AQA A-level Maths Analysing data
This page covers the following topics:
1. Central tendency
2. Standard deviation
Data can be made easier to interpret be calculating different averages, which are called measures of central tendency. The three main measures of central tendency are the mean, the mode and the median. The mean can be found by calculating the sum of the values of the data and dividing by how many values there are. The median can be by taking the middle value when all the values are put into order from smallest to largest. When there are an even number of values in the set of data, there will be two middle values, and thus the median can be found by calculating the average of those two values. The mode of a set of values is the value that appears most often. If the values are separated into classes, the modal class is the most common one.
Standard deviation is a measure of spread which gives a quantitative measure of how much the values of a set differ from their mean value. The difference between each value and the mean is found and is squared. These squared differences are then added together and divided by the number of values in the set. Taking the square root of this gives the standard deviation.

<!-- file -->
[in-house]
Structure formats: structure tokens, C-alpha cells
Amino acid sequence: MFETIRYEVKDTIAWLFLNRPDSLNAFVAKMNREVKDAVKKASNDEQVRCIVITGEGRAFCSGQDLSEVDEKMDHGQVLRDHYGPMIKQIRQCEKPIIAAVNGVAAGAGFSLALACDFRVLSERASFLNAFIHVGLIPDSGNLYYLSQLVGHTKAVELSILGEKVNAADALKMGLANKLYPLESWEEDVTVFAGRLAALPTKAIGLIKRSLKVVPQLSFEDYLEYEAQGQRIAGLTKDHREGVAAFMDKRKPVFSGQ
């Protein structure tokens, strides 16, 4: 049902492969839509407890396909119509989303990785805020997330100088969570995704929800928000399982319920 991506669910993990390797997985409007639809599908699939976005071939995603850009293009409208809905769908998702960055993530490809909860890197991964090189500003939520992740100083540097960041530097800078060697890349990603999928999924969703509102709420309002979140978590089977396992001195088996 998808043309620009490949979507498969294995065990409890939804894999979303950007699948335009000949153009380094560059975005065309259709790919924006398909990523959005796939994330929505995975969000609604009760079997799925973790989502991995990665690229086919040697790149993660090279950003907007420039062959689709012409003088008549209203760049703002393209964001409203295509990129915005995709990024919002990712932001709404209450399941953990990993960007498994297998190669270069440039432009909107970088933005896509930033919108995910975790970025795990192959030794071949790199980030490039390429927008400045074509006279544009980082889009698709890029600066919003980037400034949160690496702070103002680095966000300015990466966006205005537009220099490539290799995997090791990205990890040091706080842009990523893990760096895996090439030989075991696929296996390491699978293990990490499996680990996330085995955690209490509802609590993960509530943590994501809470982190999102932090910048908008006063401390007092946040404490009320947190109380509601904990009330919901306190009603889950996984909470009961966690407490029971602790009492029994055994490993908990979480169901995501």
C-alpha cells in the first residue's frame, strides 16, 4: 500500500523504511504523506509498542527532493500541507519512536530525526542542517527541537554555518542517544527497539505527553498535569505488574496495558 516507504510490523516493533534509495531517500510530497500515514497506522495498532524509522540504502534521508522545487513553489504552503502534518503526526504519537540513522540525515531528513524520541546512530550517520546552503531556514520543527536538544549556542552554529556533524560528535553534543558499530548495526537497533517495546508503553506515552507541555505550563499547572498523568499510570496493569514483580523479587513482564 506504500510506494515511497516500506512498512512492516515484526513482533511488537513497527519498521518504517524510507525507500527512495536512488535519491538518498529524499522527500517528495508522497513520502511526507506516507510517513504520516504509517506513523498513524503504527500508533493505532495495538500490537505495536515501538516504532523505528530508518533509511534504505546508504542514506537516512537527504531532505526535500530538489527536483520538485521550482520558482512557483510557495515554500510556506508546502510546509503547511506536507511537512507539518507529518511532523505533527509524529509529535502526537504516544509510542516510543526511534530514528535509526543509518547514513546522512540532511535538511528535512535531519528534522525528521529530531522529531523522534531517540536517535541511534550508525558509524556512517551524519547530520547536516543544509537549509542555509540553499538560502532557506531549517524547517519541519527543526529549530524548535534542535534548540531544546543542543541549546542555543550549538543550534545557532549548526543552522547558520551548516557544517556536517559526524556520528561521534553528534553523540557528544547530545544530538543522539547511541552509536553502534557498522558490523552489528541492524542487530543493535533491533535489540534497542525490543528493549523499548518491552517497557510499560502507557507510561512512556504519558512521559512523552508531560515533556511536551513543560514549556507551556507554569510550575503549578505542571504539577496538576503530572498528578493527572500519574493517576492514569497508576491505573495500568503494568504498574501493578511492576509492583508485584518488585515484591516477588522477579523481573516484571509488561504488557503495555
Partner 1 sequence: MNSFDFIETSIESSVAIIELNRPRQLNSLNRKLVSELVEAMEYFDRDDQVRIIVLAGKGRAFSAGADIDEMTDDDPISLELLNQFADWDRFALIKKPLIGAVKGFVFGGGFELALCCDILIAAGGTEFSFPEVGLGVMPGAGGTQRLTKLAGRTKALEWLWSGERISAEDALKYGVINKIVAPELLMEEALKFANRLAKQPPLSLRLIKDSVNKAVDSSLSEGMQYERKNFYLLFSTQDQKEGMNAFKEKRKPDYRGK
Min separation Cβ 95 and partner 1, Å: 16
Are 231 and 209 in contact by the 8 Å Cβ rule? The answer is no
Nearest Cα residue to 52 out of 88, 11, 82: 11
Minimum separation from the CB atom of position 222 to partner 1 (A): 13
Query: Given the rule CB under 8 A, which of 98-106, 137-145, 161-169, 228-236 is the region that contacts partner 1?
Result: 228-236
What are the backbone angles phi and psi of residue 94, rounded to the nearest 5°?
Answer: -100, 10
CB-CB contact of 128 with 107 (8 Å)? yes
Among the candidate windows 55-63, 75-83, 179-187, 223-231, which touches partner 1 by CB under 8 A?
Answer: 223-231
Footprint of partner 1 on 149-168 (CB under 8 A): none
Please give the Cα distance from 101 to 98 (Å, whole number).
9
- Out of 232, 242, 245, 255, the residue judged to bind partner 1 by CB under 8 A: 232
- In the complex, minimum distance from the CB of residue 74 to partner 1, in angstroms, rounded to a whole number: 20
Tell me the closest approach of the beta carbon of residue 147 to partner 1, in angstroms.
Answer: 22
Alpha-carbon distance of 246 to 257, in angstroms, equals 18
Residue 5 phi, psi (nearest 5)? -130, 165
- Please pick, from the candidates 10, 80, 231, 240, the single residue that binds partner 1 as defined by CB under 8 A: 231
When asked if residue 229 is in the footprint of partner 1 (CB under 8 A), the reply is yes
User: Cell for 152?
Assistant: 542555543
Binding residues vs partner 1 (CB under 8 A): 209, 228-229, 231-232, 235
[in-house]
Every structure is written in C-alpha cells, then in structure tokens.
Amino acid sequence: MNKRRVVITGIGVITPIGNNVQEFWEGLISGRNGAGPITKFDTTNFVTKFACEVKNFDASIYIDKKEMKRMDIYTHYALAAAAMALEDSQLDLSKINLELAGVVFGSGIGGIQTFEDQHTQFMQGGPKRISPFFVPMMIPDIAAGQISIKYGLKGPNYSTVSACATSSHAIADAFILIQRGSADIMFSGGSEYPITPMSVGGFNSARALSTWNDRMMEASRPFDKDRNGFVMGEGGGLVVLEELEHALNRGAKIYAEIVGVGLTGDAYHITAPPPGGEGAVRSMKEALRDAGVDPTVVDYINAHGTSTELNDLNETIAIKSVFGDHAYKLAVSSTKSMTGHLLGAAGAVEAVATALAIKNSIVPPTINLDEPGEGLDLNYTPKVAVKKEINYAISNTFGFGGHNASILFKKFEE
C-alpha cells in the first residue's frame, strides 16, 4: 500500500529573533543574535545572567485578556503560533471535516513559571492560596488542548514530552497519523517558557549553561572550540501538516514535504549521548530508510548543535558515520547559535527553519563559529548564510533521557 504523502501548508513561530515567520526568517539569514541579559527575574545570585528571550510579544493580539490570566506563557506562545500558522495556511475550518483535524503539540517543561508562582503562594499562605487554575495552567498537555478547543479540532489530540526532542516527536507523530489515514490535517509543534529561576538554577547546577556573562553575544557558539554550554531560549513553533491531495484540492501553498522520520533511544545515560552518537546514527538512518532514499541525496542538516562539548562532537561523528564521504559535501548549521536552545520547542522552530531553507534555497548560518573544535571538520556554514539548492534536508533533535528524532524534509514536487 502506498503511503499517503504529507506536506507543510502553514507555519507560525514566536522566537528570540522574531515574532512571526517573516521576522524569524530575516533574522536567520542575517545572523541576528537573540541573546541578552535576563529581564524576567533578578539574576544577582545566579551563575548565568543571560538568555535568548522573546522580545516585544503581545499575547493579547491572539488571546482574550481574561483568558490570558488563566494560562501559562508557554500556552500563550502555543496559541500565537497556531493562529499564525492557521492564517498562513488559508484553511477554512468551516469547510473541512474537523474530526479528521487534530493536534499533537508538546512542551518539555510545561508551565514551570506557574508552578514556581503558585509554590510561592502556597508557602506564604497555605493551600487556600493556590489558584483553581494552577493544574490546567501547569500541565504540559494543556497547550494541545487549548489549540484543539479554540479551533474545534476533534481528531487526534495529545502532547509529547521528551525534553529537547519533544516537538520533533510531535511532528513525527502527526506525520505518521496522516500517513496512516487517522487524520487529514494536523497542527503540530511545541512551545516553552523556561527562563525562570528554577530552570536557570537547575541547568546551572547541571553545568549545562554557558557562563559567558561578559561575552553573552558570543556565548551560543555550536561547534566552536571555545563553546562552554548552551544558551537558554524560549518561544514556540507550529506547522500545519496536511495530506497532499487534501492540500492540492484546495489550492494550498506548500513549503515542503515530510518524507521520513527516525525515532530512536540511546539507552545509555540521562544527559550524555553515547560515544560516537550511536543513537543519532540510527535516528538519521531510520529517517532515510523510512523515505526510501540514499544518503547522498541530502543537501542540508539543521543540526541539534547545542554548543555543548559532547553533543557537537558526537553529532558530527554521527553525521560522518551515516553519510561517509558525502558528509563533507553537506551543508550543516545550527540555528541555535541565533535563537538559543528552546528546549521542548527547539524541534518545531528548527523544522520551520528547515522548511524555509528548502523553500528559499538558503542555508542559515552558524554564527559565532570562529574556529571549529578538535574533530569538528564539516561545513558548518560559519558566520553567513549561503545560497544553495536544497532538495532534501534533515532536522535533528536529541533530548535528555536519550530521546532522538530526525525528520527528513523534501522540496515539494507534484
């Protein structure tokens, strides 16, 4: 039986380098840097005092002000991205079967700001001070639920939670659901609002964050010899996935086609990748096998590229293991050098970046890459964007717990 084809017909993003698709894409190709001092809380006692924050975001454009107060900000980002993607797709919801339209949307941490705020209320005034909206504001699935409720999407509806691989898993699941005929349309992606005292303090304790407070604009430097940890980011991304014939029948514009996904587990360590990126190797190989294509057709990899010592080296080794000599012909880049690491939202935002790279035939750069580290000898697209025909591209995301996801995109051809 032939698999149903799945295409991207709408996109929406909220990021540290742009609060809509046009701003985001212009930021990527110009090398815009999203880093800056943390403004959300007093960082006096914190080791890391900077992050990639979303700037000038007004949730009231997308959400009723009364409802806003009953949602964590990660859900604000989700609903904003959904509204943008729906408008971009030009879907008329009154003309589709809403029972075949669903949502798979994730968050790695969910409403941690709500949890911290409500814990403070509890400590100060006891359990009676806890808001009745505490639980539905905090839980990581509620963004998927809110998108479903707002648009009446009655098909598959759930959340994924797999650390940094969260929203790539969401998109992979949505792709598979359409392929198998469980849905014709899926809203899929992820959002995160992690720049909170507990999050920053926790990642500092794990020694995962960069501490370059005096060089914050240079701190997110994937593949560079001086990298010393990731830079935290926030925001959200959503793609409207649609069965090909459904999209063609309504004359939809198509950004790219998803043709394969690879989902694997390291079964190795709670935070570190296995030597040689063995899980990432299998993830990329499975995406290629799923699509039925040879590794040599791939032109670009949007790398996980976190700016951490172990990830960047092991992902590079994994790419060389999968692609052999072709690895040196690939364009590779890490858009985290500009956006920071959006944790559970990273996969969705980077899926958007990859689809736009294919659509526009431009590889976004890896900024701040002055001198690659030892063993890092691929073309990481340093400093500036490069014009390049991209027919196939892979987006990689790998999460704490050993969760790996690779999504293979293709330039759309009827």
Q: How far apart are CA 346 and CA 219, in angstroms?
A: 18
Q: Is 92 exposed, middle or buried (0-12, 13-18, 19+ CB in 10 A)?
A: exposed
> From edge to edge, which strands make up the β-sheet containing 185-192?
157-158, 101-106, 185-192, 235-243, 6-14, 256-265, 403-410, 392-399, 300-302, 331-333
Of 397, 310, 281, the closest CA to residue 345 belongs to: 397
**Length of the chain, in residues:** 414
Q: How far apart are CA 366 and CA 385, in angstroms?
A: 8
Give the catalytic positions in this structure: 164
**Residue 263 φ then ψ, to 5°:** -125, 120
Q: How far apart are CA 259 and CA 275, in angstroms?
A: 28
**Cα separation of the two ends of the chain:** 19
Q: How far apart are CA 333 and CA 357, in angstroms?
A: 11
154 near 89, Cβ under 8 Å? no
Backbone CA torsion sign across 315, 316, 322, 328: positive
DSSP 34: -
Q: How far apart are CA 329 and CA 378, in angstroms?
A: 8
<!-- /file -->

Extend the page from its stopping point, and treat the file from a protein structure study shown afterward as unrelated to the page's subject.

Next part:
Find the median for the following set of values: 52, 68, 59, 61, 70, 55, 72.
Can the standard deviation of a set of values be calculated using only the number of values in the set and their mean?
Use the given table to calculate the standard deviation for the set of values.
The heights of 10 students are recorded as follows: 167, 158, 163, 165, 173, 169, 171, 164, 169, 170. Calculate the mean of their heights. All measurements were taken in centimetres.
The standard deviation of a set of values is found to be 2.3. Given that the sum of the squared difference between each value and their mean is 42, calculate the number of values in the set.
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